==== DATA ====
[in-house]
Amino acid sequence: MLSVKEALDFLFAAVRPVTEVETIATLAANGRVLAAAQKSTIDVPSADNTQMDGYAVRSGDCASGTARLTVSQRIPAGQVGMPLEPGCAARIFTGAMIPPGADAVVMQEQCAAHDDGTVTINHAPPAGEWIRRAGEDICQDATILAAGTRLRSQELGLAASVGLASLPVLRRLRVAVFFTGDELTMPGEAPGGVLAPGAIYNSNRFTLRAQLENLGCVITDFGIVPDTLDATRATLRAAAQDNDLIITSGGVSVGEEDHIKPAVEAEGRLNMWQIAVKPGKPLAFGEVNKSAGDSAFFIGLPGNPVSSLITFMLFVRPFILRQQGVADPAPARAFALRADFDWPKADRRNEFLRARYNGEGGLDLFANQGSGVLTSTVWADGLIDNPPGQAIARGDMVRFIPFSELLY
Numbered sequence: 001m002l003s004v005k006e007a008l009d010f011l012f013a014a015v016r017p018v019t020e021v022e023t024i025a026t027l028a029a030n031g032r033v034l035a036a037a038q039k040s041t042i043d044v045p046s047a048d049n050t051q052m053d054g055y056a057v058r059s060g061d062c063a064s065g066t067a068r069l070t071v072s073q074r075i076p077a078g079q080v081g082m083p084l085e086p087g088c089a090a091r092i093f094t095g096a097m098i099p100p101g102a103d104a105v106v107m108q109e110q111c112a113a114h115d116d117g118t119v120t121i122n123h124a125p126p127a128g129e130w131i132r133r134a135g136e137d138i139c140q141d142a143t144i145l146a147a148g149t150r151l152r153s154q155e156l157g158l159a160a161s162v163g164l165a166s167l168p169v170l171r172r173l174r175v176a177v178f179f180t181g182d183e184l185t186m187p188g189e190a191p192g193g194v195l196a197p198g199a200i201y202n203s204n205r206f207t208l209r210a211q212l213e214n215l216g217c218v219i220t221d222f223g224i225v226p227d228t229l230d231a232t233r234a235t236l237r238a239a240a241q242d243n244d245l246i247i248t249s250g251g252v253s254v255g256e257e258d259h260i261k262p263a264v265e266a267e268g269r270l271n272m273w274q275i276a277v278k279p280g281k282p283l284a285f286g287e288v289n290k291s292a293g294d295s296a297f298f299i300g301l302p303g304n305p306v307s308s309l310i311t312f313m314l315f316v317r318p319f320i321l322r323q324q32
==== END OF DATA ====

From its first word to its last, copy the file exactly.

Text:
[in-house]
Amino acid sequence: MLSVKEALDFLFAAVRPVTEVETIATLAANGRVLAAAQKSTIDVPSADNTQMDGYAVRSGDCASGTARLTVSQRIPAGQVGMPLEPGCAARIFTGAMIPPGADAVVMQEQCAAHDDGTVTINHAPPAGEWIRRAGEDICQDATILAAGTRLRSQELGLAASVGLASLPVLRRLRVAVFFTGDELTMPGEAPGGVLAPGAIYNSNRFTLRAQLENLGCVITDFGIVPDTLDATRATLRAAAQDNDLIITSGGVSVGEEDHIKPAVEAEGRLNMWQIAVKPGKPLAFGEVNKSAGDSAFFIGLPGNPVSSLITFMLFVRPFILRQQGVADPAPARAFALRADFDWPKADRRNEFLRARYNGEGGLDLFANQGSGVLTSTVWADGLIDNPPGQAIARGDMVRFIPFSELLY
Numbered sequence: 001m002l003s004v005k006e007a008l009d010f011l012f013a014a015v016r017p018v019t020e021v022e023t024i025a026t027l028a029a030n031g032r033v034l035a036a037a038q039k040s041t042i043d044v045p046s047a048d049n050t051q052m053d054g055y056a057v058r059s060g061d062c063a064s065g066t067a068r069l070t071v072s073q074r075i076p077a078g079q080v081g082m083p084l085e086p087g088c089a090a091r092i093f094t095g096a097m098i099p100p101g102a103d104a105v106v107m108q109e110q111c112a113a114h115d116d117g118t119v120t121i122n123h124a125p126p127a128g129e130w131i132r133r134a135g136e137d138i139c140q141d142a143t144i145l146a147a148g149t150r151l152r153s154q155e156l157g158l159a160a161s162v163g164l165a166s167l168p169v170l171r172r173l174r175v176a177v178f179f180t181g182d183e184l185t186m187p188g189e190a191p192g193g194v195l196a197p198g199a200i201y202n203s204n205r206f207t208l209r210a211q212l213e214n215l216g217c218v219i220t221d222f223g224i225v226p227d228t229l230d231a232t233r234a235t236l237r238a239a240a241q242d243n244d245l246i247i248t249s250g251g252v253s254v255g256e257e258d259h260i261k262p263a264v265e266a267e268g269r270l271n272m273w274q275i276a277v278k279p280g281k282p283l284a285f286g287e288v289n290k291s292a293g294d295s296a297f298f299i300g301l302p303g304n305p306v307s308s309l310i311t312f313m314l315f316v317r318p319f320i321l322r323q324q32